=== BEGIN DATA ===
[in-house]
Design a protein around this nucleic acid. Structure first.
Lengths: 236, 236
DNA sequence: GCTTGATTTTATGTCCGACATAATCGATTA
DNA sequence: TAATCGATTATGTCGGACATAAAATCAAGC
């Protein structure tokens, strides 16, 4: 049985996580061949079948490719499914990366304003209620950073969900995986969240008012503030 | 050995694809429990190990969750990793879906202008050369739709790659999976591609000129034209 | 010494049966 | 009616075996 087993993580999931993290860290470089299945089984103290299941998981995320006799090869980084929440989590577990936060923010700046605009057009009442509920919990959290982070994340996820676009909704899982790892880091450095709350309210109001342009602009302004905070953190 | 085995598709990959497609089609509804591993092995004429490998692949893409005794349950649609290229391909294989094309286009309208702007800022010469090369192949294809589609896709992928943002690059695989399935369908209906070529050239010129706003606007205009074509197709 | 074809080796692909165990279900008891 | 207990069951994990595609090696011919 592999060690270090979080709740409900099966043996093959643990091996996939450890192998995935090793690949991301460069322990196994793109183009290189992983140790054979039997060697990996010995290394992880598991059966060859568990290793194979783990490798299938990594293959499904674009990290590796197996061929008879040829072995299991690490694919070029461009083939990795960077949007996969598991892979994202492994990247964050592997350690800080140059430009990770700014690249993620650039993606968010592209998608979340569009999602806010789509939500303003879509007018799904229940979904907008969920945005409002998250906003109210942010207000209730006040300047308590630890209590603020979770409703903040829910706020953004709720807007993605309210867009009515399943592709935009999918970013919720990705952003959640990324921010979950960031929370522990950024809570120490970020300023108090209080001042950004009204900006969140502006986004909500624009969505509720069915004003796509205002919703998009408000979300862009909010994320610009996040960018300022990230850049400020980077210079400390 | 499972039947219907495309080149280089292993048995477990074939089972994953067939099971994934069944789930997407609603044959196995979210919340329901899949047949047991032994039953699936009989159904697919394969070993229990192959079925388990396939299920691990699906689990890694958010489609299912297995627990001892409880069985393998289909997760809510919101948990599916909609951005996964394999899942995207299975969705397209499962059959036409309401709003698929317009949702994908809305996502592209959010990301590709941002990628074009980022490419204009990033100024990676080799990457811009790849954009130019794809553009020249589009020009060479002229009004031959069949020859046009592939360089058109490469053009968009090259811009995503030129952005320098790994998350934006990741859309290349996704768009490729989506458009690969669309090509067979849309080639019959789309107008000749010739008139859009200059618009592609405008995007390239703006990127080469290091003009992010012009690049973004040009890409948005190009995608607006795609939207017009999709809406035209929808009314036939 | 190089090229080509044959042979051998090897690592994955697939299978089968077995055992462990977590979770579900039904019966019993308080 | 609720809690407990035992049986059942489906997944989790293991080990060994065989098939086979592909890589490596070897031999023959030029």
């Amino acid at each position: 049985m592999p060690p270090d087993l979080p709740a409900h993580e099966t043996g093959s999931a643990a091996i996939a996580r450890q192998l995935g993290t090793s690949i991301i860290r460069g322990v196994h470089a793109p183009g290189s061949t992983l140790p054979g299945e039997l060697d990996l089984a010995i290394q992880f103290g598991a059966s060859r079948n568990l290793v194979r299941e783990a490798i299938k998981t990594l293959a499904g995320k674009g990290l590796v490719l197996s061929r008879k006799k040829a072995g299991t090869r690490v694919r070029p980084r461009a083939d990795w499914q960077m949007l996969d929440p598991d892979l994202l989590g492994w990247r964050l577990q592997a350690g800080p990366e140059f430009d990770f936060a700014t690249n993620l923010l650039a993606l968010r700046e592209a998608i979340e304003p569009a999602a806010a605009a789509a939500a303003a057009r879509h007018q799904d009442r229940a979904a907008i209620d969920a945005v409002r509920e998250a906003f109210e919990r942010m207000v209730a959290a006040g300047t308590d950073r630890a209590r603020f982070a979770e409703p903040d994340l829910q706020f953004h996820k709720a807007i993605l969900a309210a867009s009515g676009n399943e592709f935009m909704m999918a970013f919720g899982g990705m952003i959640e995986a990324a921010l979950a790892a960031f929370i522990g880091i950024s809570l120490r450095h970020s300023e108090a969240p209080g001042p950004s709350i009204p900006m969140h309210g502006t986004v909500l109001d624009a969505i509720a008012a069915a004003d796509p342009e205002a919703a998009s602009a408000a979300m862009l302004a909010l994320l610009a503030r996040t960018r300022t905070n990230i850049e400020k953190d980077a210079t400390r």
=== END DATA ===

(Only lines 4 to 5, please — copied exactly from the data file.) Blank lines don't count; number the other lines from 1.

DNA sequence: GCTTGATTTTATGTCCGACATAATCGATTA
DNA sequence: TAATCGATTATGTCGGACATAAAATCAAGC